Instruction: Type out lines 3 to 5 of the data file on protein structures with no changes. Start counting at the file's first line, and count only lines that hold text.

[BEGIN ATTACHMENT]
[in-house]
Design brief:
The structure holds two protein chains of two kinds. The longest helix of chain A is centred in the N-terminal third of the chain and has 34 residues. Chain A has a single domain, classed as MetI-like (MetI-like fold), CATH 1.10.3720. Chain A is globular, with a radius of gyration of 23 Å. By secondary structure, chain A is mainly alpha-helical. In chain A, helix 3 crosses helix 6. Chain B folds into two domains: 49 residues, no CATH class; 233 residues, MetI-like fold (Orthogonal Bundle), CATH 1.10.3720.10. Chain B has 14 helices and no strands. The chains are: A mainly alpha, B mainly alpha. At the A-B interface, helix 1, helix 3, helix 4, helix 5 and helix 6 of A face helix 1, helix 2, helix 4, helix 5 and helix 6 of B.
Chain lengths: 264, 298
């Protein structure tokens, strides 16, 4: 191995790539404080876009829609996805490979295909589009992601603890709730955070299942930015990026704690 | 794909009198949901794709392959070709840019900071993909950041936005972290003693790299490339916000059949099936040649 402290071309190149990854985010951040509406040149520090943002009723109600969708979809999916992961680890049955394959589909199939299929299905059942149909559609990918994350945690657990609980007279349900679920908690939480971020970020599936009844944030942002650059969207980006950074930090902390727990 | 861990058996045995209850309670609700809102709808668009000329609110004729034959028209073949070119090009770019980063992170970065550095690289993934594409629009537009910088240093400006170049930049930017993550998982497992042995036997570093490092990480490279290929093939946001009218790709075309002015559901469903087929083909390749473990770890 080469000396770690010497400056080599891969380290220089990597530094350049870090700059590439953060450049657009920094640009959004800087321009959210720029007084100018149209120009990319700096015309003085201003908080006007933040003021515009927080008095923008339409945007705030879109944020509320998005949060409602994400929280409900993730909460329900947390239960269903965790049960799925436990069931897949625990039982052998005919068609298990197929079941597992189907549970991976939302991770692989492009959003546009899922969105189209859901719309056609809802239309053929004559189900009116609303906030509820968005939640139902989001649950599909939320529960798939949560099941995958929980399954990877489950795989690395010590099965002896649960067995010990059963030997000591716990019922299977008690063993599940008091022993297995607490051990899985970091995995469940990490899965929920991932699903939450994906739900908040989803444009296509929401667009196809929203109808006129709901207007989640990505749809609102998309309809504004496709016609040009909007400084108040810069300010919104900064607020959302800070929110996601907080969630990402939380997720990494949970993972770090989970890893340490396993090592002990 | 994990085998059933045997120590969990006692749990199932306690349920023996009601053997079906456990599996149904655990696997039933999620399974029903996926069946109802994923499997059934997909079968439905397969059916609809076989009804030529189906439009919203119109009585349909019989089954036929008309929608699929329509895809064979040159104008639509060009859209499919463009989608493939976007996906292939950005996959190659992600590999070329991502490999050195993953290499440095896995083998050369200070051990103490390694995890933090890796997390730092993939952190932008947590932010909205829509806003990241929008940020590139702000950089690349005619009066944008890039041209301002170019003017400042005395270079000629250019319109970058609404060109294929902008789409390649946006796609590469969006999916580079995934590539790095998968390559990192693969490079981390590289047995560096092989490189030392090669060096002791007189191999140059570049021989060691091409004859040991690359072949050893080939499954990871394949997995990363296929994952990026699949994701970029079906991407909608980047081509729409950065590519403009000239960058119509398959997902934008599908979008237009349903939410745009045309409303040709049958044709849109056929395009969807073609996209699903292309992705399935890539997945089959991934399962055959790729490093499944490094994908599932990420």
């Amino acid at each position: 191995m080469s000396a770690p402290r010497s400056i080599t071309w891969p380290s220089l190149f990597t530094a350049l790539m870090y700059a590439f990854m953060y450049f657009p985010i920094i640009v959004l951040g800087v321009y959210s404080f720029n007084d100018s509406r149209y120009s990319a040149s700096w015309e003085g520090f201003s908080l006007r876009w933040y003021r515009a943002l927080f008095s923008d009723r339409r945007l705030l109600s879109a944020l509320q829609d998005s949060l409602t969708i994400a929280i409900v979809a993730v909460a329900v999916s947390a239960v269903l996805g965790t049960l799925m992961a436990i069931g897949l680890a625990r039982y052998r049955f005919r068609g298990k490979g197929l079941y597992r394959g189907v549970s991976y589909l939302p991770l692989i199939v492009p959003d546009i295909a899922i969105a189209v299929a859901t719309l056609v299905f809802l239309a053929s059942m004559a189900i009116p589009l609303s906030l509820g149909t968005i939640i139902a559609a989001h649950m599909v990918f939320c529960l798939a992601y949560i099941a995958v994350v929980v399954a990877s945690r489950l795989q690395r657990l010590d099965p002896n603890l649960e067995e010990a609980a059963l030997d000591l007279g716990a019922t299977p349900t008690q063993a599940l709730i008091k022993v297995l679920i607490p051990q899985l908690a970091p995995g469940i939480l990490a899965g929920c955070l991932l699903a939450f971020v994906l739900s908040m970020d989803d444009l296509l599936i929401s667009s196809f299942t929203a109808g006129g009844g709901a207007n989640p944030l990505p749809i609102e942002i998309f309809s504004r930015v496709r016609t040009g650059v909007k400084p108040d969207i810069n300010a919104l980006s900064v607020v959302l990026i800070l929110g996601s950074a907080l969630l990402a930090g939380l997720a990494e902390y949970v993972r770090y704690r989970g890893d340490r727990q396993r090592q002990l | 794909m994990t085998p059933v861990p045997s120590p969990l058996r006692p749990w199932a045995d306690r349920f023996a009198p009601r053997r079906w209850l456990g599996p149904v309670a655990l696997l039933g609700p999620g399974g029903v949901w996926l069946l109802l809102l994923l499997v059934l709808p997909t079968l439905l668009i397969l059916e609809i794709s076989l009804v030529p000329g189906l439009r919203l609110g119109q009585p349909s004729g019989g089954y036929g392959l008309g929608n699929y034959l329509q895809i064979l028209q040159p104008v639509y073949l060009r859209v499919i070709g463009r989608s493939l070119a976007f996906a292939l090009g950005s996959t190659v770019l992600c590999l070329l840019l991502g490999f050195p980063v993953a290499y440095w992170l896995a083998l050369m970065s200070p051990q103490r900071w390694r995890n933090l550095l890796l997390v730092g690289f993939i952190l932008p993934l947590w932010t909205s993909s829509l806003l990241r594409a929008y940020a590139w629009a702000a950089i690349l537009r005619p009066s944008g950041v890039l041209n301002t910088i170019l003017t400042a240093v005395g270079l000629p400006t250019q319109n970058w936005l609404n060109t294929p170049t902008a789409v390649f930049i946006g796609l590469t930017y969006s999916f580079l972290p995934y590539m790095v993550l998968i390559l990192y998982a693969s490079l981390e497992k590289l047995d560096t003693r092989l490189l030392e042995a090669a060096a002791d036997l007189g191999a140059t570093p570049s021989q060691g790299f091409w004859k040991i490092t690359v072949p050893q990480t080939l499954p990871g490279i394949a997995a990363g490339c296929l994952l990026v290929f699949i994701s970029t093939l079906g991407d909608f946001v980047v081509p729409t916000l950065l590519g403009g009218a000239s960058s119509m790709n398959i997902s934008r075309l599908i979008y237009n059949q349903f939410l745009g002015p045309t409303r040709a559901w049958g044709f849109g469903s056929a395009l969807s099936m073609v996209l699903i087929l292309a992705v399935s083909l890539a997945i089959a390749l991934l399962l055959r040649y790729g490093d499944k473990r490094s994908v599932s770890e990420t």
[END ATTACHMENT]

The structure holds two protein chains of two kinds. The longest helix of chain A is centred in the N-terminal third of the chain and has 34 residues. Chain A has a single domain, classed as MetI-like (MetI-like fold), CATH 1.10.3720. Chain A is globular, with a radius of gyration of 23 Å. By secondary structure, chain A is mainly alpha-helical. In chain A, helix 3 crosses helix 6. Chain B folds into two domains: 49 residues, no CATH class; 233 residues, MetI-like fold (Orthogonal Bundle), CATH 1.10.3720.10. Chain B has 14 helices and no strands. The chains are: A mainly alpha, B mainly alpha. At the A-B interface, helix 1, helix 3, helix 4, helix 5 and helix 6 of A face helix 1, helix 2, helix 4, helix 5 and helix 6 of B.
Chain lengths: 264, 298
């Protein structure tokens, strides 16, 4: 191995790539404080876009829609996805490979295909589009992601603890709730955070299942930015990026704690 | 794909009198949901794709392959070709840019900071993909950041936005972290003693790299490339916000059949099936040649 402290071309190149990854985010951040509406040149520090943002009723109600969708979809999916992961680890049955394959589909199939299929299905059942149909559609990918994350945690657990609980007279349900679920908690939480971020970020599936009844944030942002650059969207980006950074930090902390727990 | 861990058996045995209850309670609700809102709808668009000329609110004729034959028209073949070119090009770019980063992170970065550095690289993934594409629009537009910088240093400006170049930049930017993550998982497992042995036997570093490092990480490279290929093939946001009218790709075309002015559901469903087929083909390749473990770890 080469000396770690010497400056080599891969380290220089990597530094350049870090700059590439953060450049657009920094640009959004800087321009959210720029007084100018149209120009990319700096015309003085201003908080006007933040003021515009927080008095923008339409945007705030879109944020509320998005949060409602994400929280409900993730909460329900947390239960269903965790049960799925436990069931897949625990039982052998005919068609298990197929079941597992189907549970991976939302991770692989492009959003546009899922969105189209859901719309056609809802239309053929004559189900009116609303906030509820968005939640139902989001649950599909939320529960798939949560099941995958929980399954990877489950795989690395010590099965002896649960067995010990059963030997000591716990019922299977008690063993599940008091022993297995607490051990899985970091995995469940990490899965929920991932699903939450994906739900908040989803444009296509929401667009196809929203109808006129709901207007989640990505749809609102998309309809504004496709016609040009909007400084108040810069300010919104900064607020959302800070929110996601907080969630990402939380997720990494949970993972770090989970890893340490396993090592002990 | 994990085998059933045997120590969990006692749990199932306690349920023996009601053997079906456990599996149904655990696997039933999620399974029903996926069946109802994923499997059934997909079968439905397969059916609809076989009804030529189906439009919203119109009585349909019989089954036929008309929608699929329509895809064979040159104008639509060009859209499919463009989608493939976007996906292939950005996959190659992600590999070329991502490999050195993953290499440095896995083998050369200070051990103490390694995890933090890796997390730092993939952190932008947590932010909205829509806003990241929008940020590139702000950089690349005619009066944008890039041209301002170019003017400042005395270079000629250019319109970058609404060109294929902008789409390649946006796609590469969006999916580079995934590539790095998968390559990192693969490079981390590289047995560096092989490189030392090669060096002791007189191999140059570049021989060691091409004859040991690359072949050893080939499954990871394949997995990363296929994952990026699949994701970029079906991407909608980047081509729409950065590519403009000239960058119509398959997902934008599908979008237009349903939410745009045309409303040709049958044709849109056929395009969807073609996209699903292309992705399935890539997945089959991934399962055959790729490093499944490094994908599932990420």